Raising a toast with Sangria

Updated: Nov 20 2005, 06:33am hrs
Think of European wines and straightaway French and Italian wines are on top of the mind for most people. Few people know that for years, Spain has been a world class producer of wines both in quality and quantity. In fact, it has more area under viticulture than any other country in the world. Some of the better known Spanish wines are the quality reds from Rioja and Ribera del Duero regions and the whites from the Penedis and Rueda wine regions.

Spain also produces a fine white sparkling wine known as Cava. Like France and Italy, Spain has come up with the DO (Denomination of Origin) System, which is a quality control system guaranteeing the origin and class of grapes as well as the methods used to produce these wines. Each bottle of wine is labelled with the name of the area from where the grapes are grown.

However, like all wine producing countries, Spain also has its share of some drinkable but largely undistinguishable wines. This is probably due to the fact that a large percentage of Spanish vineyards cultivate the Airen grape variety and not one of the popular varieties like the Tempranillo. So, the Spanish created a few ways to spruce it up with fruit, honey, sugar, spices and additional alcohol. It serves two simple purposes. It hides the taste of sub-par wines and gives these wines more kick.

Sangria (san-GREE-ah) is a very popular wine-based drink in Spain. The beverage is usually made from red wine, fruit juices, soda water, fruit and sometimes liqueurs and/or brandy. The name, refers to the colour of the wine used. Sangrias are traditional strong red wines with purplish highlights, often found in coastal areas and similar to the colour of blood (sangre in Spanish means blood).

The ingredients in Sangria vary, particularly in the type of fruit used, the kind of spirits added, if any, and the presence or lack of carbonation thus allowing you to customise the recipe according to your personal preferences.

Almost all Sangrias have these ingredients in common: wine, fruit, sweetener and spirits. Traditionally, Sangria is primarily made of red wine, though in the US, white Sangria (called Sangria Blanco) is almost as common. In southern Spain, Sangria is called Zurra and is made with peaches or nectarines while in the Penedes region near Barcelona, they use their sparkling Cava to make Sangria. Mexico is the other country where the tradition of drinking Sangria started in colonial times. As part of the Mexican cultural heritage, today Sangria is one of the drinks of choice for any occasion and even non-alcoholic Sangrias are available in the market so that the whole family can enjoy.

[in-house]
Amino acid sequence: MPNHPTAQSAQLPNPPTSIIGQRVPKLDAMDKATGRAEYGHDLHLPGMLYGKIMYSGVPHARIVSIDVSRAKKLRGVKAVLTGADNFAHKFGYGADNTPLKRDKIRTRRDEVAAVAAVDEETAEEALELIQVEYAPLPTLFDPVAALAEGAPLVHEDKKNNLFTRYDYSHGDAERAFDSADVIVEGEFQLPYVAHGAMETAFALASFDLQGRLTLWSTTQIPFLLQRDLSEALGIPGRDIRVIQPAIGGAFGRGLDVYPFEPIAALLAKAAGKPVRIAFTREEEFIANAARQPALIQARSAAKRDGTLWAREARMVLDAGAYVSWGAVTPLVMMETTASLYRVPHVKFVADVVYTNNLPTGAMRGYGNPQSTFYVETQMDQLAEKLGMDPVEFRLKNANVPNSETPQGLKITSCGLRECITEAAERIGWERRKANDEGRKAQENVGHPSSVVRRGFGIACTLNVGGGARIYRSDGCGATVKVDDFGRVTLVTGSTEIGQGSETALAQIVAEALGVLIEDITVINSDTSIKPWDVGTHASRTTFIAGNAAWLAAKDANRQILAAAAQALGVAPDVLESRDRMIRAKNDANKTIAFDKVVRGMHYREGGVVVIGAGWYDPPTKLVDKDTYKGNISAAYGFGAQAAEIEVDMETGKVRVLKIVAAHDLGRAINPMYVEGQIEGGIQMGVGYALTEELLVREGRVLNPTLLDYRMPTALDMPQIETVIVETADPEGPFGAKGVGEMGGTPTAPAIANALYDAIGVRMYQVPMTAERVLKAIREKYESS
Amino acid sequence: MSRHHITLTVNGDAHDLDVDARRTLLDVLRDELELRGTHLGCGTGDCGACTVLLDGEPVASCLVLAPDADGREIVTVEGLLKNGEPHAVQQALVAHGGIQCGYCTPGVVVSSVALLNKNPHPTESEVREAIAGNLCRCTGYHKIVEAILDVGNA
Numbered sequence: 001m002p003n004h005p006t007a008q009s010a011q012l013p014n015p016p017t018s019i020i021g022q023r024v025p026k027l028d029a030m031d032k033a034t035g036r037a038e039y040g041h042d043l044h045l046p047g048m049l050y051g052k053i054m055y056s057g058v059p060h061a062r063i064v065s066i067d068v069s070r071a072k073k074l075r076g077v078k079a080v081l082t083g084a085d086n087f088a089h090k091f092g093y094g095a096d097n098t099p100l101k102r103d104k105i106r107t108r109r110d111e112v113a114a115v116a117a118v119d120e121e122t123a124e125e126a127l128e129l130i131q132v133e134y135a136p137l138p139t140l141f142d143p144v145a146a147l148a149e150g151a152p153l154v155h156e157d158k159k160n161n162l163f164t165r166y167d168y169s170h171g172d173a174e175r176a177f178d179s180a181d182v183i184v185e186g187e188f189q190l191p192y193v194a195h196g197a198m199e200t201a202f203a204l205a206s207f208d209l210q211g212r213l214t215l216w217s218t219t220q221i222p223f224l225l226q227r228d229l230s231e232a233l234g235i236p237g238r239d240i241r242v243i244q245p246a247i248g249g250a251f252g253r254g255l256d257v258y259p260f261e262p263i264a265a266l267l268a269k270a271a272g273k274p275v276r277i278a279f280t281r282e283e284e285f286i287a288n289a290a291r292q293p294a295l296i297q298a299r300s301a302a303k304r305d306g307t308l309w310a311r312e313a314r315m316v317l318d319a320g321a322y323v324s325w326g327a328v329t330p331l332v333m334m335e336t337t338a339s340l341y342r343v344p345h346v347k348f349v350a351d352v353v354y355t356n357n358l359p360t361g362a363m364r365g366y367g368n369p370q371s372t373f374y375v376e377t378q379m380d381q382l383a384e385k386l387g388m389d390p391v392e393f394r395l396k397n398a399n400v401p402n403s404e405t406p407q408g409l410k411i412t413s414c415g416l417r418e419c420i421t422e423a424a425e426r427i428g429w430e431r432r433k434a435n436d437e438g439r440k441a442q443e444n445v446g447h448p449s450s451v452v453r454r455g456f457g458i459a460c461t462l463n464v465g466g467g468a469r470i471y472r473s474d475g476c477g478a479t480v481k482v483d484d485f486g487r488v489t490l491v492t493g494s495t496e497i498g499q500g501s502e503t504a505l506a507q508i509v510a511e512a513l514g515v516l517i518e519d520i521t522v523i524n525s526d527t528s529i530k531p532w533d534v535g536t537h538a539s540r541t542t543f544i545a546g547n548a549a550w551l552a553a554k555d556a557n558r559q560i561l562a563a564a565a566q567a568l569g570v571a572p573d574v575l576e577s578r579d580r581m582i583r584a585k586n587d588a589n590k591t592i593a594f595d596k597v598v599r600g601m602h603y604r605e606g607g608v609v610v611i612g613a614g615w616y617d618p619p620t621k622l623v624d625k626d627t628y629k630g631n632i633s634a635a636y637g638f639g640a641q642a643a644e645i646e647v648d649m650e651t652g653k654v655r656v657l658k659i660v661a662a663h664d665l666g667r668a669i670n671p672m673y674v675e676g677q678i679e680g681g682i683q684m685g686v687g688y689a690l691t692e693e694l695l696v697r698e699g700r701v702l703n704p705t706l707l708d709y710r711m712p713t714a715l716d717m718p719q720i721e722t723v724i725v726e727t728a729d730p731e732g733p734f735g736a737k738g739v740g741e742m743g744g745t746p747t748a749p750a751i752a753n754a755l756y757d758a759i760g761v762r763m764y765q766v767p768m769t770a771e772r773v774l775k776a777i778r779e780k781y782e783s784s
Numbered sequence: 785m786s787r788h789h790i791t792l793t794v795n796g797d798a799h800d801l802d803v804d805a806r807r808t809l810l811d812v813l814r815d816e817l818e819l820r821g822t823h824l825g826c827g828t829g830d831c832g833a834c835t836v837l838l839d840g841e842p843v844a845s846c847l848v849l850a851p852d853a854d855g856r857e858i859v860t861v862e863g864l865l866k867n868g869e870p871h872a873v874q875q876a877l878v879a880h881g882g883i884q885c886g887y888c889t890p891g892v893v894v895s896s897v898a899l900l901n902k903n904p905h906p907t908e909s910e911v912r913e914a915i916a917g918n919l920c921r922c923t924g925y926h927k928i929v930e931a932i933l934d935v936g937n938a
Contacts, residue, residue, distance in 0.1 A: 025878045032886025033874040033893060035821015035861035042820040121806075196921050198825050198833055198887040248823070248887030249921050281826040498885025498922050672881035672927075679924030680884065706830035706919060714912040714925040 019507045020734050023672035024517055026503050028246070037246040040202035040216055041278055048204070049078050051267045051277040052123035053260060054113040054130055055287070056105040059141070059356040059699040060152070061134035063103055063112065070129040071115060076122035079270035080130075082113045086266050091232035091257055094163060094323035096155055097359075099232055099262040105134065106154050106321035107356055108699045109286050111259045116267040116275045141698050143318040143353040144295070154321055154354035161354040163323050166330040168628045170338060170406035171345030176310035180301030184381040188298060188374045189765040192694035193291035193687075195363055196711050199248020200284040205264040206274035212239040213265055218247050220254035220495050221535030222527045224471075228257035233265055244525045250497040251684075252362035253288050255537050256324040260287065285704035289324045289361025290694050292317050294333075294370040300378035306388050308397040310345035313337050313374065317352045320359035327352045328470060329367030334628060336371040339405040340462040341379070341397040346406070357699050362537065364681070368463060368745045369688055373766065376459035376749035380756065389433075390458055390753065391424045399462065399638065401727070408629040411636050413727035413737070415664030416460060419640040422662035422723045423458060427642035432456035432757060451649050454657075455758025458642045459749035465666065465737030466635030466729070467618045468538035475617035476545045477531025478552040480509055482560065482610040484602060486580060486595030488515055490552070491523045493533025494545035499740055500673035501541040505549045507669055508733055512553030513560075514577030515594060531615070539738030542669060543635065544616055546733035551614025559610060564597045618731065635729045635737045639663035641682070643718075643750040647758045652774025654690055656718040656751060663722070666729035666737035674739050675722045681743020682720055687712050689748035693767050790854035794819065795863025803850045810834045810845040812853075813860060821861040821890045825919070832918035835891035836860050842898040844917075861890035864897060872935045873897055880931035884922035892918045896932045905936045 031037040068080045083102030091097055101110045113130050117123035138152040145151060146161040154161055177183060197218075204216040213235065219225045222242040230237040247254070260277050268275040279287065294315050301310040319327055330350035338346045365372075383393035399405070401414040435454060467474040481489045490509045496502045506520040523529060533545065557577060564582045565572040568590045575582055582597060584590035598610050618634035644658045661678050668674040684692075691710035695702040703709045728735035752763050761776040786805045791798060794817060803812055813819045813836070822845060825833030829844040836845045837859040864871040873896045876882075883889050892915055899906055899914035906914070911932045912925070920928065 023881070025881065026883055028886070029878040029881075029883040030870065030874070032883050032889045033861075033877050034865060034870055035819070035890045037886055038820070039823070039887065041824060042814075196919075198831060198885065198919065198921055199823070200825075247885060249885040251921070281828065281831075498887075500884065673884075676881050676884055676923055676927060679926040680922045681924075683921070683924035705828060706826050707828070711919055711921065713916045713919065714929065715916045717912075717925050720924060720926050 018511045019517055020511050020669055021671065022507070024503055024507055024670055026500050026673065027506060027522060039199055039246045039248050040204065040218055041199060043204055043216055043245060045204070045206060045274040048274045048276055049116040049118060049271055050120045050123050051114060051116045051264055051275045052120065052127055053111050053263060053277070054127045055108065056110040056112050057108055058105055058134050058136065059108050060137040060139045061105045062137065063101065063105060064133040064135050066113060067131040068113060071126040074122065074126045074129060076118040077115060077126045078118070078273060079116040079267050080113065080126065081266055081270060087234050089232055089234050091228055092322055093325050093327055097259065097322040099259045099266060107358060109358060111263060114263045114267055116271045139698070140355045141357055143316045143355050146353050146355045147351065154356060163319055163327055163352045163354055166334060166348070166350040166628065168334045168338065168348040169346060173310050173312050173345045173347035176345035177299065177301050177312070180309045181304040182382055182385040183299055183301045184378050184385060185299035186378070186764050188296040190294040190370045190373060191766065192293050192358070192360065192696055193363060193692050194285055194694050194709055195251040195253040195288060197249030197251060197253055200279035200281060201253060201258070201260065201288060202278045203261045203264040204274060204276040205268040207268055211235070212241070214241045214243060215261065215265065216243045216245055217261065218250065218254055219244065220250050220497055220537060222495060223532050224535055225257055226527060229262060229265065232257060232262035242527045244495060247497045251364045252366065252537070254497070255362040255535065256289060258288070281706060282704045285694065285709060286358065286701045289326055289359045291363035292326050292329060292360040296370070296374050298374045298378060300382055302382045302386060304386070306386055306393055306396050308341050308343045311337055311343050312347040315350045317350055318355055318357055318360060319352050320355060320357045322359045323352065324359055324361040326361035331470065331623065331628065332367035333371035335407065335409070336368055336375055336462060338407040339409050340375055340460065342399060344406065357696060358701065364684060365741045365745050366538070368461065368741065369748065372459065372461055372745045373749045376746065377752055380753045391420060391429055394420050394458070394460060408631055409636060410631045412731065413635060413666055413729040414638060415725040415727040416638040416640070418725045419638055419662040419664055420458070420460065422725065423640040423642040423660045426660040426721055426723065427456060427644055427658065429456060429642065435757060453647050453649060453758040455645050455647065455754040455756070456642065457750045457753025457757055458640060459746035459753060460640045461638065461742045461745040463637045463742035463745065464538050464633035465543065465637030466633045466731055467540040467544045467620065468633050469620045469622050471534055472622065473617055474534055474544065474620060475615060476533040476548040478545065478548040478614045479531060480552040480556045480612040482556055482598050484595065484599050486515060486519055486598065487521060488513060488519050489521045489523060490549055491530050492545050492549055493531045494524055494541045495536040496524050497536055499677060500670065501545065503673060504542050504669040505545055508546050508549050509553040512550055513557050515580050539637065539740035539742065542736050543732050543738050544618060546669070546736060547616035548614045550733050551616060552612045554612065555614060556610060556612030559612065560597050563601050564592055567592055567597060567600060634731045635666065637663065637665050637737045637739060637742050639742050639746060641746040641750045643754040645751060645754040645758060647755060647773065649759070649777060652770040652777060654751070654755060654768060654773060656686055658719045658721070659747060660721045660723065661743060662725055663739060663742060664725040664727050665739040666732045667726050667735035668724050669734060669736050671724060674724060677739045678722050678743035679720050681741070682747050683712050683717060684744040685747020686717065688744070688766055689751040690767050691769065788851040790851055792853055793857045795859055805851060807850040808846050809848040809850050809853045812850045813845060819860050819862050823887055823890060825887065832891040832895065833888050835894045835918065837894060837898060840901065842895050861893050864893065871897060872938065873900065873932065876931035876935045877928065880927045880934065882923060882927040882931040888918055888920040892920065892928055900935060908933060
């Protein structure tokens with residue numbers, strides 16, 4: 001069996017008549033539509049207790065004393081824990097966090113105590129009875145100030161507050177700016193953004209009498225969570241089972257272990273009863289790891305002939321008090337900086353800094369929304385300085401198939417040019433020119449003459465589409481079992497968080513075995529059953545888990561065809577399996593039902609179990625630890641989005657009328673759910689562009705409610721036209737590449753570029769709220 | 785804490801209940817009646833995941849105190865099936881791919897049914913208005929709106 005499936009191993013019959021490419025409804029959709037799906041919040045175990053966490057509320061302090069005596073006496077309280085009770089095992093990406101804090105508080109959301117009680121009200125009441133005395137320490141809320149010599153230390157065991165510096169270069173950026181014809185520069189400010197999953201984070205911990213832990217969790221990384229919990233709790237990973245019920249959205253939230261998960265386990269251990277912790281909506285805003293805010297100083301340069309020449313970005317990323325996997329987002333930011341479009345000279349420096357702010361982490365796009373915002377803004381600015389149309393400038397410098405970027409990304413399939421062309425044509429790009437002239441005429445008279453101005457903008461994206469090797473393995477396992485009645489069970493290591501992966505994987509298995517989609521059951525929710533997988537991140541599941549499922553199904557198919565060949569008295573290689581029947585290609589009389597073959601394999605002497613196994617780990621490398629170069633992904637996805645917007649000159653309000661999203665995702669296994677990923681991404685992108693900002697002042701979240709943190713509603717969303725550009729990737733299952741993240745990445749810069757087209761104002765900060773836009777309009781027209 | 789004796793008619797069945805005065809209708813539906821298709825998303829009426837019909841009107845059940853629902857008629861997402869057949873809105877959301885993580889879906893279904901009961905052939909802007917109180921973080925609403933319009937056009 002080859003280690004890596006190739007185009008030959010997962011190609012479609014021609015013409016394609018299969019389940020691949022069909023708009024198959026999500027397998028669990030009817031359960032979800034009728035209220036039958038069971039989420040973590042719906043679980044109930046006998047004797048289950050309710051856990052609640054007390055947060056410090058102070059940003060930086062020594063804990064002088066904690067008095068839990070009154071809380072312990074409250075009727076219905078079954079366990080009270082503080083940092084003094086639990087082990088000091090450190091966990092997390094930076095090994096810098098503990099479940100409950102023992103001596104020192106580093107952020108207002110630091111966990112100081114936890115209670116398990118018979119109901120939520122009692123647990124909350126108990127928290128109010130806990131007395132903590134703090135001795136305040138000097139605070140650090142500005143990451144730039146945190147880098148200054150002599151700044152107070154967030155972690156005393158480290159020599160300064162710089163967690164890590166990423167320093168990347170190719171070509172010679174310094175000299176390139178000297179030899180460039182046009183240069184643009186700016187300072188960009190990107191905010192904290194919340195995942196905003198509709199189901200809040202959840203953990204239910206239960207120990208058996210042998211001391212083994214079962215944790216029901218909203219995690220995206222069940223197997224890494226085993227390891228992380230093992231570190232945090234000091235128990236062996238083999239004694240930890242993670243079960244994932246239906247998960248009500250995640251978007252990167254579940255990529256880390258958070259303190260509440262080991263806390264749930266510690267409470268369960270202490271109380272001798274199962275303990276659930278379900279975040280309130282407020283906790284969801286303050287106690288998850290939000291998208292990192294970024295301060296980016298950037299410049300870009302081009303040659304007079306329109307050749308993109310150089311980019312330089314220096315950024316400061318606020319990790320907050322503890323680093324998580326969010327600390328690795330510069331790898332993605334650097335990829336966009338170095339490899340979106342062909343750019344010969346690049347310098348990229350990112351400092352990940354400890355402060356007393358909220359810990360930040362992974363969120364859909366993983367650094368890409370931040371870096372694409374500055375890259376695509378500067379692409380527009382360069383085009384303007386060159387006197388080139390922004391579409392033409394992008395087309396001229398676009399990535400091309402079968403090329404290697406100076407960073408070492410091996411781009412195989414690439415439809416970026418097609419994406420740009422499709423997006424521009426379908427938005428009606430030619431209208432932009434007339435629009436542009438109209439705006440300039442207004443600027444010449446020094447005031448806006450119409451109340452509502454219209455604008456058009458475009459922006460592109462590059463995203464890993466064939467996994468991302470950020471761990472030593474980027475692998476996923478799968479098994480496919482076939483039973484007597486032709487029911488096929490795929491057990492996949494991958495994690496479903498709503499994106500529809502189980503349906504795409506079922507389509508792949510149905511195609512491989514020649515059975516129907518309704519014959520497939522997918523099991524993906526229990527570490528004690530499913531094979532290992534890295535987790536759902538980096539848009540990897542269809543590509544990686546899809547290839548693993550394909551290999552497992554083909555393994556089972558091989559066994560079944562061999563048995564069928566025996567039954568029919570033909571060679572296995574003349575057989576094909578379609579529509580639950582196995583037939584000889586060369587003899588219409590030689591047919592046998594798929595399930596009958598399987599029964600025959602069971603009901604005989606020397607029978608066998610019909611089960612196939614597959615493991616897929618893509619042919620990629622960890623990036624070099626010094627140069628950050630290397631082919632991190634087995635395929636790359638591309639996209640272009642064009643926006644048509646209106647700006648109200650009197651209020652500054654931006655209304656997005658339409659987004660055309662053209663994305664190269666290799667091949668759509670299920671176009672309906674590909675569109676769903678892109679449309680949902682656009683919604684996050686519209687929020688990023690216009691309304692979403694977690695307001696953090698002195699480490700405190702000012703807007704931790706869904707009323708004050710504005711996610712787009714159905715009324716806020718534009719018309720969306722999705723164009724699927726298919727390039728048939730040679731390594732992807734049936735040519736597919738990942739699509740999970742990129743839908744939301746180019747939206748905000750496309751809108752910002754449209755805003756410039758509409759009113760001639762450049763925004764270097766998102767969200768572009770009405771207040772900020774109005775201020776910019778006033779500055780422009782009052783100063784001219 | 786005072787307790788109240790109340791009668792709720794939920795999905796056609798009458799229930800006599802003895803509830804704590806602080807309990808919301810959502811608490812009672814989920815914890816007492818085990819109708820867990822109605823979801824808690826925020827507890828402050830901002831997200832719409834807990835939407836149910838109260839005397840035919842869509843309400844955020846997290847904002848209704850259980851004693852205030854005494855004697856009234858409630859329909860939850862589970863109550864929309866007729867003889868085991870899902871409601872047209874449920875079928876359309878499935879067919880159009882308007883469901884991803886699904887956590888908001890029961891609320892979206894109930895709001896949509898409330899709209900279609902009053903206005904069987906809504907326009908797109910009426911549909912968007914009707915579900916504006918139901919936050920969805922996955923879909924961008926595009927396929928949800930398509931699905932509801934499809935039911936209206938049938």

In the US, Sangria was first tasted at the Worlds Fair in New York in 1964. When this fruity wine punch was served, it suddenly became a fashion drink. Of late the consumption of Sangria in the US has dropped, which may be more a reflection of major improvements in Californian wine. To make Sangria successfully, its crucial to allow time for fruit flavours to blend with the rest of the ingredients. The preparation is simple and consists of cutting the fruit in thin slices or small cubes, then mixing all ingredients except for ice and any carbonated sodas in advance, preferably overnight. The soda, ice and any garnishes are added just before the drinks are served.

When making your own Sangria, use good quality red wine. For classic red Sangria, use a Rioja or Tempranillo wine. A Pinot Noir is also a good choice, but make sure the wine is not too tannic. For white Sangria, try a crisp, dry white wine like a Chardonnay or Pinot Grigio. For the fruit, it is the best to go with your personal tastes. But you may consider the flavours in the wine and try to complement them.

In Spain, Sangria is often served in one-litre jars, large enough to hold a bottle of wine plus added ingredients. In informal social gatherings, Sangria is usually served like punch, or poured from a pitcher.

Sangria is a versatile party beverage and goes well with snacks such as fried shrimps, calamari rings and even cheese and biscuits. Depending on your menu, you can make your Sangria with red, white or even rose wine. Choose something you like since you and your guests are going to be the ones drinking it!